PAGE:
You can also obtain Irish citizenship by registering with the Foreign Births Register if:
- You were born outside of Ireland to Irish citizens also born outside of Ireland, and your grandparents were Irish citizens born in Ireland; OR
- You were born outside of Ireland, your parents were born outside of Ireland but were registered on the Foreign Births Register before you were born, and your grandparents were born outside of Ireland to Irish citizens born in Ireland.
Whereas Ireland’s program is simple and efficient, Italy’s citizenship by descent process can take forever.
I have one friend who has been waiting three and a half years for his Italian passport. Someone with a decent income could pay as much as $800,000 or more in taxes in that amount of time while they sit around and wait for the Italian government to approve their application.
That said, Italy does allow you to go back to at least your great grandparents, if not further in order to claim citizenship by descent. However, if your goal is to get a passport for financial purposes, you’ll often be better off just buying a passport in St. Lucia and getting your passport in a matter of four or five months.
In Lithuania, you are typically allowed to go back three generations – i.e., great grandparents – it’s just a matter of proving the family connection via your own birth certificate and the birth certificates (and sometimes marriage certificates) of everyone in your family tree back to the ancestor with Lithuanian ties.
Each document must be notarized in the country or state (in the US) where the document was issued. For the most part, you have to rely on the archives in Vilnius by using a local attorney to help you. I have gone through the process and it is hard to prove.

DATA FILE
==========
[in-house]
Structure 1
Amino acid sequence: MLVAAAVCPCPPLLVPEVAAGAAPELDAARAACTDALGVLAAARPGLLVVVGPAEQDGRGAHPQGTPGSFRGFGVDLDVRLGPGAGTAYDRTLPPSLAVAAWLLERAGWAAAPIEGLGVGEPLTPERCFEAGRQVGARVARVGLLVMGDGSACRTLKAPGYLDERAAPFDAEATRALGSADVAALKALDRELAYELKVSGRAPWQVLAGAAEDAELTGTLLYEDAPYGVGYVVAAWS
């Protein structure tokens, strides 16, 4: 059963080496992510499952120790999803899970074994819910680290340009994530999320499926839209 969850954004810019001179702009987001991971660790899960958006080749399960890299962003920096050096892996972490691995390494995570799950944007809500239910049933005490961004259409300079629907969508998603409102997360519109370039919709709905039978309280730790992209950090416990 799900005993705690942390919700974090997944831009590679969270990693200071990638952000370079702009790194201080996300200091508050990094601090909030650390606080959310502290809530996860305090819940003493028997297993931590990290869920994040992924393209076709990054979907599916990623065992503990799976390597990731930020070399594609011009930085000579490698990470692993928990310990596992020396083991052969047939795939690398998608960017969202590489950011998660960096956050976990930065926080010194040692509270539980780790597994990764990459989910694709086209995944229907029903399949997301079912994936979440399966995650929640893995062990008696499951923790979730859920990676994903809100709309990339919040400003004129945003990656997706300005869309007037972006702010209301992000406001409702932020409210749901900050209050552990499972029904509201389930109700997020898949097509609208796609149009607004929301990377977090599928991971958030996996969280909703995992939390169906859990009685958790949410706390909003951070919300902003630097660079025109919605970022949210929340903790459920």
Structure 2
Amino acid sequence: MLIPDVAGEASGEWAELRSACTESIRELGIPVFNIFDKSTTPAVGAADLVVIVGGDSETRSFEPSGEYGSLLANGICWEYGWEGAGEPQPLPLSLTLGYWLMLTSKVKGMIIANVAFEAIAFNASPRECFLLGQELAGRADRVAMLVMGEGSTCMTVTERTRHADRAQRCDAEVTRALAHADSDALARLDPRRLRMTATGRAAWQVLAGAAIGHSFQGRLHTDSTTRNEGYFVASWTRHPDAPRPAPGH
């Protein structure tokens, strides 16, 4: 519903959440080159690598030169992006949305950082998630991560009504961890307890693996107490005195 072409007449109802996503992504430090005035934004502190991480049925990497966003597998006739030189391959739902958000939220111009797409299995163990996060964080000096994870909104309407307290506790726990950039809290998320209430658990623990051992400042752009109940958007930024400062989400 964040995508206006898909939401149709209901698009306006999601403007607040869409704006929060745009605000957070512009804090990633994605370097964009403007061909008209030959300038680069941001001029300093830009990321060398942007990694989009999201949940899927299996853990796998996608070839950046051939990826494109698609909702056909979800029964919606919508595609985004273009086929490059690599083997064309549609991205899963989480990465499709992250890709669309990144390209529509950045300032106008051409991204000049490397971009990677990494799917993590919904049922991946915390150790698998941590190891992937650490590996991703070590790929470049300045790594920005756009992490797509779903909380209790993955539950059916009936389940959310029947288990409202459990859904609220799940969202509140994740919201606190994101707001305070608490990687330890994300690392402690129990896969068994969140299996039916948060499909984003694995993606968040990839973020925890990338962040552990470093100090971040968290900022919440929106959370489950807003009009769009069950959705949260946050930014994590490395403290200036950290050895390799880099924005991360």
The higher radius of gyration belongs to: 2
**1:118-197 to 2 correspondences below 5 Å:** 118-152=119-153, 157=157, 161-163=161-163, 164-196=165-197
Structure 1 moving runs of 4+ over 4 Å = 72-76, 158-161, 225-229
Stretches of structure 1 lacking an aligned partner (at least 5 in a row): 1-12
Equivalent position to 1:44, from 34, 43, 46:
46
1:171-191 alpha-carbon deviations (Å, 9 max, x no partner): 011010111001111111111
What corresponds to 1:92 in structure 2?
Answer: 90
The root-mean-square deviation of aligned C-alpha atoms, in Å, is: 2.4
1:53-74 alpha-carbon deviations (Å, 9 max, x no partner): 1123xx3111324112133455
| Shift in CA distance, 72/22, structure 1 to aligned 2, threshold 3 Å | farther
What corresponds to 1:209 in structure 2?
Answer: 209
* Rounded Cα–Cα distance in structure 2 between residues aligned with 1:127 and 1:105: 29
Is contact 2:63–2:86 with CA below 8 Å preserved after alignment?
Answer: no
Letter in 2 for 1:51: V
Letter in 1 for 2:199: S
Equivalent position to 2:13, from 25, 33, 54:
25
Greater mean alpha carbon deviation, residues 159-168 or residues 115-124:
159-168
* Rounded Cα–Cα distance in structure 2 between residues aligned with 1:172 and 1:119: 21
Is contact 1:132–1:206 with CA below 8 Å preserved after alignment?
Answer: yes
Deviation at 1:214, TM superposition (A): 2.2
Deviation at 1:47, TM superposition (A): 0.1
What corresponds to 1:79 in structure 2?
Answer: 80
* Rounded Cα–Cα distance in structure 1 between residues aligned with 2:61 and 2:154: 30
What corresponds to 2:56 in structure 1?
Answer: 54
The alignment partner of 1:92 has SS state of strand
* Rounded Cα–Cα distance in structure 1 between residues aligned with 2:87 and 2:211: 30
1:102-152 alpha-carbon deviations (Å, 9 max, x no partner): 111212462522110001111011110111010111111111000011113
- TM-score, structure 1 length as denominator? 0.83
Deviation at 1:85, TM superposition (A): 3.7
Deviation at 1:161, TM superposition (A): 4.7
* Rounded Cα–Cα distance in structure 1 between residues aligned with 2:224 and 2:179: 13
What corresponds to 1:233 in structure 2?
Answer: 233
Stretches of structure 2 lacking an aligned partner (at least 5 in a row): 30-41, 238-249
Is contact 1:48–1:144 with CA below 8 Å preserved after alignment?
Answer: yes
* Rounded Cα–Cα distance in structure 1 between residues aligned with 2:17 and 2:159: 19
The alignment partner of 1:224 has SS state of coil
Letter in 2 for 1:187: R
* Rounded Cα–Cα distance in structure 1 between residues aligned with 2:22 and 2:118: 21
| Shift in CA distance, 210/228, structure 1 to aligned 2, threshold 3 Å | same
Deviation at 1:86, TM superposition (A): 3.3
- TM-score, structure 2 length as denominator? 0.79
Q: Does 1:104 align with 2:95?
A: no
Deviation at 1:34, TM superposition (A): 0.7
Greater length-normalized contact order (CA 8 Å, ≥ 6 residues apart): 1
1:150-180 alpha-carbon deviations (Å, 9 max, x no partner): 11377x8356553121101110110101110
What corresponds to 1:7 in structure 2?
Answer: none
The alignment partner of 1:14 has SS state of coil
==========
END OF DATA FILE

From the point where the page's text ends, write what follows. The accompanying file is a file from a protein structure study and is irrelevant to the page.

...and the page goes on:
Another important note is that the Lithuanian government has gone back and forth on whether or not to allow dual nationality and even whether they should allow ancestral citizenship cases at all. If you still want to give it a try, the process usually takes about a year and a half to complete.
Like Hungary, Poland has been feeling particularly anti-foreigner as of late. So, while they still offer a citizenship by descent program, they have recently added a Polish language requirement that has made the process even harder than it already was.
The basic condition for claiming Polish citizenship by descent is that you have Polish ancestors who left the country after Poland became an independent country in 1918. That means you’ll have to use ancestors who were born in the twentieth century.
Poland also requires that you maintain an unbroken chain of citizenship in order to qualify. If your great grandfather qualifies, but your grandfather gave up Polish citizenship to become a citizen of another country, you’re out of luck.
The United Kingdom
The UK also offers a limited form of citizenship by descent. It is only available to children of British citizens and does not extend back any further.
If you were born outside the UK on or after January 1, 1983, to a UK citizen, you can claim your British citizenship. However, if you were born outside the UK to a UK citizen who gained their citizenship through the descent process, you no longer qualify for citizenship by descent.
All of these citizenship by descent programs come with their own timelines, citizenship requirements and potential roadblocks. Most, besides Poland, do not have a language requirement. They can take as little as nine months in Ireland to potentially years in other countries.
At the very least, I would encourage you to start the residency process somewhere else when you start one of these programs because it’s never guaranteed and they can deny you for nebulous reasons.